Browsing by Subject "SOURCE APPORTIONMENT"

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  • Qi, Lu; Vogel, Alexander L.; Esmaeilirad, Sepideh; Cao, Liming; Zheng, Jing; Jaffrezo, Jean-Luc; Fermo, Paola; Kasper-Giebl, Anne; Dällenbach, Kaspar; Chen, Mindong; Ge, Xinlei; Baltensperger, Urs; Prevot, Andre S. H.; Slowik, Jay G. (2020)
    The aerosol mass spectrometer (AMS), combined with statistical methods such as positive matrix factorization (PMF), has greatly advanced the quantification of primary organic aerosol (POA) sources and total secondary organic aerosol (SOA) mass. However, the use of thermal vaporization and electron ionization yields extensive thermal decomposition and ionization-induced fragmentation, which limit chemical information needed for SOA source apportionment. The recently developed extractive electrospray ionization time-of-flight mass spectrometer (EESI-TOF) provides mass spectra of the organic aerosol fraction with a linear response to mass and no thermal decomposition or ionization-induced fragmentation. However, the costs and operational requirements of online instruments make their use impractical for long-term or spatially dense monitoring applications. This challenge was overcome for AMS measurements by measuring re-nebulized water extracts from ambient filter samples. Here, we apply the same strategy for EESI-TOF measurements of 1 year of 24 h filter samples collected approximately every fourth day throughout 2013 at an urban site. The nebulized water extracts were measured simultaneously with an AMS. The application of positive matrix factorization (PMF) to EESI-TOF spectra resolved seven factors, which describe water-soluble OA: less and more aged biomass burning aerosol (LABB(EESI) and MABB(EESI), respectively), cigarette-smoke-related organic aerosol, primary biological organic aerosol, biogenic secondary organic aerosol, and a summer mixed oxygenated organic aerosol factor. Seasonal trends and relative contributions of the EESI-TOF OA sources were compared with AMS source apportionment factors, measured water-soluble ions, cellulose, and meteorological data. Cluster analysis was utilized to identify key factor-specific ions based on PMF. Both LABB and MABB contribute strongly during winter. LABB is distinguished by very high signals from C6H10O5 (levoglucosan and isomers) and C8H12O6, whereas MABB is characterized by a large number of CxHyOz and CxHyOzN species of two distinct populations: one with low H : C and high O : C and the other with high H : C and low O : C. Two oxygenated summertime SOA sources were attributed to terpene-derived biogenic SOA, a major summertime aerosol source in central Europe. Furthermore, a primary biological organic aerosol factor was identified, which was dominated by plant-derived fatty acids and correlated with free cellulose. The cigarette-smoke-related factor contained a high contribution of nicotine and high abundance of organic nitrate ions with low m/z.
  • Bressi, M.; Cavalli, F.; Putaud, J.P.; Fröhlich, R.; Petit, J.-E.; Aas, W.; Äijälä, M.; Alastuey, A.; Allan, J.D.; Aurela, M.; Berico, M.; Bougiatioti, A.; Bukowiecki, N.; Canonaco, F.; Crenn, V.; Dusanter, S.; Ehn, Mikael; Elsasser, M.; Flentje, H.; Graf, P.; Green, D.C.; Heikkinen, Liine; Hermann, H.; Holzinger, R.; Hueglin, C.; Keernik, H.; Kiendler-Scharr, A.; Kubelová, L.; Lunder, C.; Maasikmets, M.; Makeš, O.; Malaguti, A.; Mihalopoulos, N.; Nicolas, J.B.; O'Dowd, C.; Ovadnevaite, J.; Petralia, E.; Poulain, L.; Priestman, M.; Riffault, V.; Ripoll, A.; Schlag, P.; Schwarz, J.; Sciare, J.; Slowik, J.; Sosedova, Y.; Stavroulas, I.; Teinemaa, E.; Via, M.; Vodička, P.; Williams, P.I.; Wiedensohler, A.; Young, D.E.; Zhang, S.; Favez, O.; Minguillón, M.C.; Prevot, A.S.H. (2021)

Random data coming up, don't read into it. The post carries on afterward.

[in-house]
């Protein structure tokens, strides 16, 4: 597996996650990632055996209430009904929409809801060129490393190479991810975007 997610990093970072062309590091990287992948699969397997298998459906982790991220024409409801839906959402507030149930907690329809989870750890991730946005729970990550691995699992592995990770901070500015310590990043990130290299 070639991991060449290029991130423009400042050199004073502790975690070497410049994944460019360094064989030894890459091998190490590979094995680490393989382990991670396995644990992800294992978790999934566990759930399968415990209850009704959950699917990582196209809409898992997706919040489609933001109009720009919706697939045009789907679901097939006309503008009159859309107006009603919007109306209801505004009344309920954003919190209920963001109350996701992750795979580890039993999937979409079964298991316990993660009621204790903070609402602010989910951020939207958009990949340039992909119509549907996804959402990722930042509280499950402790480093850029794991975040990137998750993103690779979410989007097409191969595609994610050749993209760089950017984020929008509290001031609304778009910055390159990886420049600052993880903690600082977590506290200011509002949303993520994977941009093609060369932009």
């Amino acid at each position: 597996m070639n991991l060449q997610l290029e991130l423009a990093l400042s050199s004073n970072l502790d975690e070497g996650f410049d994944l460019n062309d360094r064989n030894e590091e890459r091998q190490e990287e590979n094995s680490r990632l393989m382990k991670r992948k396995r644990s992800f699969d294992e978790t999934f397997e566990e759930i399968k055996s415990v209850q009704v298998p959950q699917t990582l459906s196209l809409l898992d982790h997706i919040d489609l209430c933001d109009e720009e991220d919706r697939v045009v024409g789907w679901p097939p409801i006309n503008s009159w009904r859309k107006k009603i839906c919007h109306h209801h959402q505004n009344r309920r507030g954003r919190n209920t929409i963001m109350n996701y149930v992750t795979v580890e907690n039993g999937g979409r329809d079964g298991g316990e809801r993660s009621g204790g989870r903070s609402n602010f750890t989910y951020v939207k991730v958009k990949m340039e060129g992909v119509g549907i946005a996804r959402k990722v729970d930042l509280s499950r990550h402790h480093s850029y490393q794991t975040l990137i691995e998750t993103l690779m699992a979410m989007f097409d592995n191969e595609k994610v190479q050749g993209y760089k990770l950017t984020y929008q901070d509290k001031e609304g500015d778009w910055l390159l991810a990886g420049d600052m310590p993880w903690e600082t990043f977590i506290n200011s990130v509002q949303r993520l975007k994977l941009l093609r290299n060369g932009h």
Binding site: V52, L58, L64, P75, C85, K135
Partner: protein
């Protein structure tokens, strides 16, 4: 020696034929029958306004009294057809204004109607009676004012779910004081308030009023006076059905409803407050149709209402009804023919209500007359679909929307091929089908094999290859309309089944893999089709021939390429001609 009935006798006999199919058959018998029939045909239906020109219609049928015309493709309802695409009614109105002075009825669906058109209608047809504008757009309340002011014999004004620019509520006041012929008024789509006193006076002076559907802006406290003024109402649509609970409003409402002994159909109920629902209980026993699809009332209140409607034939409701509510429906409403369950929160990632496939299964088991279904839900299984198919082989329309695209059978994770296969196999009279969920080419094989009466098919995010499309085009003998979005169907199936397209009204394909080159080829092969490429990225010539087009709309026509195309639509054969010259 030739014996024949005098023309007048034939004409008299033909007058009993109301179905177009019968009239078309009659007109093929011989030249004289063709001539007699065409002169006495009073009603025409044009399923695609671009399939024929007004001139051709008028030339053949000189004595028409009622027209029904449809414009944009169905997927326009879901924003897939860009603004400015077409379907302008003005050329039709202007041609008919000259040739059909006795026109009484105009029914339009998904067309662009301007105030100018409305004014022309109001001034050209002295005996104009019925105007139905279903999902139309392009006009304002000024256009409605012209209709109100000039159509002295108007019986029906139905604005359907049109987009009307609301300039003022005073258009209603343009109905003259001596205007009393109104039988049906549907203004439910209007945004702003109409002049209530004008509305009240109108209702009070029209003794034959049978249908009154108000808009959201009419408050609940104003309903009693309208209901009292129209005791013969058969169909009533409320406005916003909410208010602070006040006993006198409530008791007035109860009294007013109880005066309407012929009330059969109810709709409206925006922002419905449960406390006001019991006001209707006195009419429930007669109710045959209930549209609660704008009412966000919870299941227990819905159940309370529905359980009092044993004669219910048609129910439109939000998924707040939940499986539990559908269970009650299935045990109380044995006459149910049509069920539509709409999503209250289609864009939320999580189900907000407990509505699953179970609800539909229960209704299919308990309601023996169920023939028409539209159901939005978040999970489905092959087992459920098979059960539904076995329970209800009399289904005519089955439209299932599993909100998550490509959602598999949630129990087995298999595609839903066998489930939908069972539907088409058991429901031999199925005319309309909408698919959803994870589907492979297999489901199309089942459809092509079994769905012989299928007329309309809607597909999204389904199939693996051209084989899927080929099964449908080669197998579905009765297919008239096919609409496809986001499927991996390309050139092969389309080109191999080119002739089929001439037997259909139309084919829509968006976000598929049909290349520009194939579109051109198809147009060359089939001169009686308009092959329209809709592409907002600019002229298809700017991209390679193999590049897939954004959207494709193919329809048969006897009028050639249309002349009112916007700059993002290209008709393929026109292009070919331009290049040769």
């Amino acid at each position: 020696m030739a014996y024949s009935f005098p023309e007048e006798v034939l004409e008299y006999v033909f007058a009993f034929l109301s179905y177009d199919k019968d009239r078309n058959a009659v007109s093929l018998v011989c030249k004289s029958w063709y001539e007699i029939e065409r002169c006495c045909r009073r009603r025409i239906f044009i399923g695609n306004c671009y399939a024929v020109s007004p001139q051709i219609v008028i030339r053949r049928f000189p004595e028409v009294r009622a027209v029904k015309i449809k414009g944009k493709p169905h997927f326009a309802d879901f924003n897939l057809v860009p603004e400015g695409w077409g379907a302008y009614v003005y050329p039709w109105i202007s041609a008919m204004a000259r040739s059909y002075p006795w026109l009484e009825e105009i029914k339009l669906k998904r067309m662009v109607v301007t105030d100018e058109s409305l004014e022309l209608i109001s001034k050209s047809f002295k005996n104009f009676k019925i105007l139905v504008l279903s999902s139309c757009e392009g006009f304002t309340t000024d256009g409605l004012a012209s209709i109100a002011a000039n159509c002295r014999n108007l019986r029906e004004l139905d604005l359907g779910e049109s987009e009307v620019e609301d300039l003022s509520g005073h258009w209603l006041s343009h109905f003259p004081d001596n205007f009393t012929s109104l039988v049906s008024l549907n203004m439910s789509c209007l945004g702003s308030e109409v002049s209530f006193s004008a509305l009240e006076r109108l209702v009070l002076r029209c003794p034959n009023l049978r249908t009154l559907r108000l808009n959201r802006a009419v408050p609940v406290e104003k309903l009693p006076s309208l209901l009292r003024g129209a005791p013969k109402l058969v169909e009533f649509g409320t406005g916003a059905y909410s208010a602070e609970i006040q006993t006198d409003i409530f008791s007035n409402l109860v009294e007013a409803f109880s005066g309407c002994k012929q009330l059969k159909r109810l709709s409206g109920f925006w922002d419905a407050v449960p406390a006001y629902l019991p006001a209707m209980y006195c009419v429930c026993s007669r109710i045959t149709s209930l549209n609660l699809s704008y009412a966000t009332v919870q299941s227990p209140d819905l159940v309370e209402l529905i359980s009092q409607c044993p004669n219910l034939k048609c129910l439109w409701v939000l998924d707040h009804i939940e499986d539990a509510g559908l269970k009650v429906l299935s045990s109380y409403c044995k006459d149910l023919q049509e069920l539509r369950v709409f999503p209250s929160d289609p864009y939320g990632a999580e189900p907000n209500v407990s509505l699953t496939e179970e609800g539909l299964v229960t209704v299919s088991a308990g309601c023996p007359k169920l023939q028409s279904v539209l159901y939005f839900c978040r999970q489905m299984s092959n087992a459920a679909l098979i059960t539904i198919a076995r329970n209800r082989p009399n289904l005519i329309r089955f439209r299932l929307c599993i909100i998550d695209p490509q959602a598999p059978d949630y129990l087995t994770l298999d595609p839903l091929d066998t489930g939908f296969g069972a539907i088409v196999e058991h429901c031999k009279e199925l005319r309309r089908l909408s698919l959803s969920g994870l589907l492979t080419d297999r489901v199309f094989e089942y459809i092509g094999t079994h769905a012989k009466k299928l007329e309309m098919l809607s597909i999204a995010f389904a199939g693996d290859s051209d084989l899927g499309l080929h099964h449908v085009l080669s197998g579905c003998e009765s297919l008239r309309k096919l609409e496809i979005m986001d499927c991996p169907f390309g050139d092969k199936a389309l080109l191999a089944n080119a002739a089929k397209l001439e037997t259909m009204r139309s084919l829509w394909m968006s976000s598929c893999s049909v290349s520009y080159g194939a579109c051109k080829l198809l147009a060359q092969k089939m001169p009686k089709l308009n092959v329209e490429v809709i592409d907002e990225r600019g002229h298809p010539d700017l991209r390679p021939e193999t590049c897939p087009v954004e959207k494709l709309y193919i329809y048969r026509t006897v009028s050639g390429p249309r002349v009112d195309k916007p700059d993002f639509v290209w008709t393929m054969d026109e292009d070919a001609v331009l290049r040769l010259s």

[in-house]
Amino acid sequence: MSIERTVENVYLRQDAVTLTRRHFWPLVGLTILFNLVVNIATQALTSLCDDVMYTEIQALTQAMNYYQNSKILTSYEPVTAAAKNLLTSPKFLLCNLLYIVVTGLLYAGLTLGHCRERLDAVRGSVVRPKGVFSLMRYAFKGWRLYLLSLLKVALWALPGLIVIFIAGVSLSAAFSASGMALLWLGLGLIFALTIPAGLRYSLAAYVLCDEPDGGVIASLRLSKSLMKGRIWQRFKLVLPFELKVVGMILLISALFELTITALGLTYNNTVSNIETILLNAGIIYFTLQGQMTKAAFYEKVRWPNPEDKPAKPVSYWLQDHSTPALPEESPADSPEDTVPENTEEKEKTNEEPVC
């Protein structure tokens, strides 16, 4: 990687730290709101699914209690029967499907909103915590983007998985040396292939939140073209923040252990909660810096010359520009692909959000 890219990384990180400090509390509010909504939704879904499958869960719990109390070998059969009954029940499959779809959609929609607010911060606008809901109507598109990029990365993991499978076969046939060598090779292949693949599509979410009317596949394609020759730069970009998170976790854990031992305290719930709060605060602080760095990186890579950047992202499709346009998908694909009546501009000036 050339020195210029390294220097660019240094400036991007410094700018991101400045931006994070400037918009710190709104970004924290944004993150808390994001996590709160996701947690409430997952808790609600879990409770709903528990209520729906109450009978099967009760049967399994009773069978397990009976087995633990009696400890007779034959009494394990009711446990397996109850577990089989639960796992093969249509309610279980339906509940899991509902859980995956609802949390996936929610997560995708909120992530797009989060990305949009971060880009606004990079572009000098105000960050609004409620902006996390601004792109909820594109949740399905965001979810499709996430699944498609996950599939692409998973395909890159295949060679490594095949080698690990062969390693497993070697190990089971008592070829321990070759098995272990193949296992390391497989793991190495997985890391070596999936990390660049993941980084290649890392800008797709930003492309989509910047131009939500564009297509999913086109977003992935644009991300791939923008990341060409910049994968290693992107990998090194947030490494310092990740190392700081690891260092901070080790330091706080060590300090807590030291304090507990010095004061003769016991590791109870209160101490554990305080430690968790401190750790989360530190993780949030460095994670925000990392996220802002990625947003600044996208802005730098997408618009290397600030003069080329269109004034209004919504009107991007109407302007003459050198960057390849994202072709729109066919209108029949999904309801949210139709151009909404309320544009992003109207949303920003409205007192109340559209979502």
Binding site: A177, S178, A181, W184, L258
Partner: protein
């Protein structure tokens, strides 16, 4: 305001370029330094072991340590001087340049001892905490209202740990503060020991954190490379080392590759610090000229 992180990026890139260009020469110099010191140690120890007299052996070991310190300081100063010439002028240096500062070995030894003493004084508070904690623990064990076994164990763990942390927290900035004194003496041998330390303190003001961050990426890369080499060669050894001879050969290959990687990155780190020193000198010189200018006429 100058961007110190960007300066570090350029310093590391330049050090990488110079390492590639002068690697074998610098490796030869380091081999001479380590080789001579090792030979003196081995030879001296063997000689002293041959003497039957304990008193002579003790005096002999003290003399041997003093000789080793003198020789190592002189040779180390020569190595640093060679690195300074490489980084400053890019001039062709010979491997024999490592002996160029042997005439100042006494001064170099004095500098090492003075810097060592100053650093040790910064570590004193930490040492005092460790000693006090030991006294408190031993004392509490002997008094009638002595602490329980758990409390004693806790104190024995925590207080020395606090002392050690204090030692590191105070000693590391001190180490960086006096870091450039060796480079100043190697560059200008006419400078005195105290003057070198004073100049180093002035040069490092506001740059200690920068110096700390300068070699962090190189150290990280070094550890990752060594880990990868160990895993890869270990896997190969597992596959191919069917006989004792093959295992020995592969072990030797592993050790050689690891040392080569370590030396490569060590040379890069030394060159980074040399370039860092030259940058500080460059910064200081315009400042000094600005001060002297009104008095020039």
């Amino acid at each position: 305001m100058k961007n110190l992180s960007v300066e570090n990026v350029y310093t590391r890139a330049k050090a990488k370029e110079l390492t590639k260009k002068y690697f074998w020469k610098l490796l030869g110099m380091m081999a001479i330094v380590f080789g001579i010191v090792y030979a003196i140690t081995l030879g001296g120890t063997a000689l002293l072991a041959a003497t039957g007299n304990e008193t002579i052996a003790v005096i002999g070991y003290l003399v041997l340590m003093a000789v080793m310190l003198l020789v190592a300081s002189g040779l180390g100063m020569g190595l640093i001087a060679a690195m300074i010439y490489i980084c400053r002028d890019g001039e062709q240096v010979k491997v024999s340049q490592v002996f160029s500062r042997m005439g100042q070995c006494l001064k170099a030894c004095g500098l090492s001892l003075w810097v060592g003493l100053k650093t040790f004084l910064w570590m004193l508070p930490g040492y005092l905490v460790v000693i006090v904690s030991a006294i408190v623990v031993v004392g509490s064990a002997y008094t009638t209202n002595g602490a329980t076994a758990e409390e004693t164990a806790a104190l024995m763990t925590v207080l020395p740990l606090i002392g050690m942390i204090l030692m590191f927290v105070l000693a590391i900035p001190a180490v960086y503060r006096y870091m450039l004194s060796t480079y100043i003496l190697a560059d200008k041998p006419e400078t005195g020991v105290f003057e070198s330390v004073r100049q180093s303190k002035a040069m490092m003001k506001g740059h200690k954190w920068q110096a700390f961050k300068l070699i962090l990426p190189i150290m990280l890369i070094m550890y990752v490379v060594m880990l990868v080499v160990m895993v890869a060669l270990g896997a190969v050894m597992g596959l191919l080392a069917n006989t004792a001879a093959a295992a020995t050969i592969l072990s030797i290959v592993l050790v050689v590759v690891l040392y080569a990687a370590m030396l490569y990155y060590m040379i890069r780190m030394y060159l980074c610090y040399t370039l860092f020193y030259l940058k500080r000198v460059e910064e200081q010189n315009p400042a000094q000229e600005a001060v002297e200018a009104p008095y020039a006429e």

Similarities and differences in the submicron atmospheric aerosol chemical composition are analyzed from a unique set of measurements performed at 21 sites across Europe for at least one year. These sites are located between 35 and 62 degrees N and 10 degrees W - 26 degrees E, and represent various types of settings (remote, coastal, rural, industrial, urban). Measurements were all carried out on-line with a 30-min time resolution using mass spectroscopy based instruments known as Aerosol Chemical Speciation Monitors (ACSM) and Aerosol Mass Spectrometers (AMS) and following common measurement guidelines. Data regarding organics, sulfate, nitrate and ammonium concentrations, as well as the sum of them called non-refractory submicron aerosol mass concentration ([NR-PM1]) are discussed. NR-PM1 concentrations generally increase from remote to urban sites. They are mostly larger in the mid-latitude band than in southern and northern Europe. On average, organics account for the major part (36-64%) of NR-PM1 followed by sulfate (12-44%) and nitrate (6-35%). The annual mean chemical composition of NR-PM1 at rural (or regional background) sites and urban background sites are very similar. Considering rural and regional background sites only, nitrate contribution is higher and sulfate contribution is lower in midlatitude Europe compared to northern and southern Europe. Large seasonal variations in concentrations (mu g/m(3)) of one or more components of NR-PM1 can be observed at all sites, as well as in the chemical composition of NR-PM1 (%) at most sites. Significant diel cycles in the contribution to [NR-PM1] of organics, sulfate, and nitrate can be observed at a majority of sites both in winter and summer. Early morning minima in organics in concomitance with maxima in nitrate are common features at regional and urban background sites. Daily variations are much smaller at a number of coastal and rural sites. Looking at NR-PM1 chemical composition as a function of NR-PM1 mass concentration reveals that although organics account for the major fraction of NR-PM1 at all concentration levels at most sites, nitrate contribution generally increases with NR-PM1 mass concentration and predominates when NR-PM1 mass concentrations exceed 40 mu g/m(3) at half of the sites.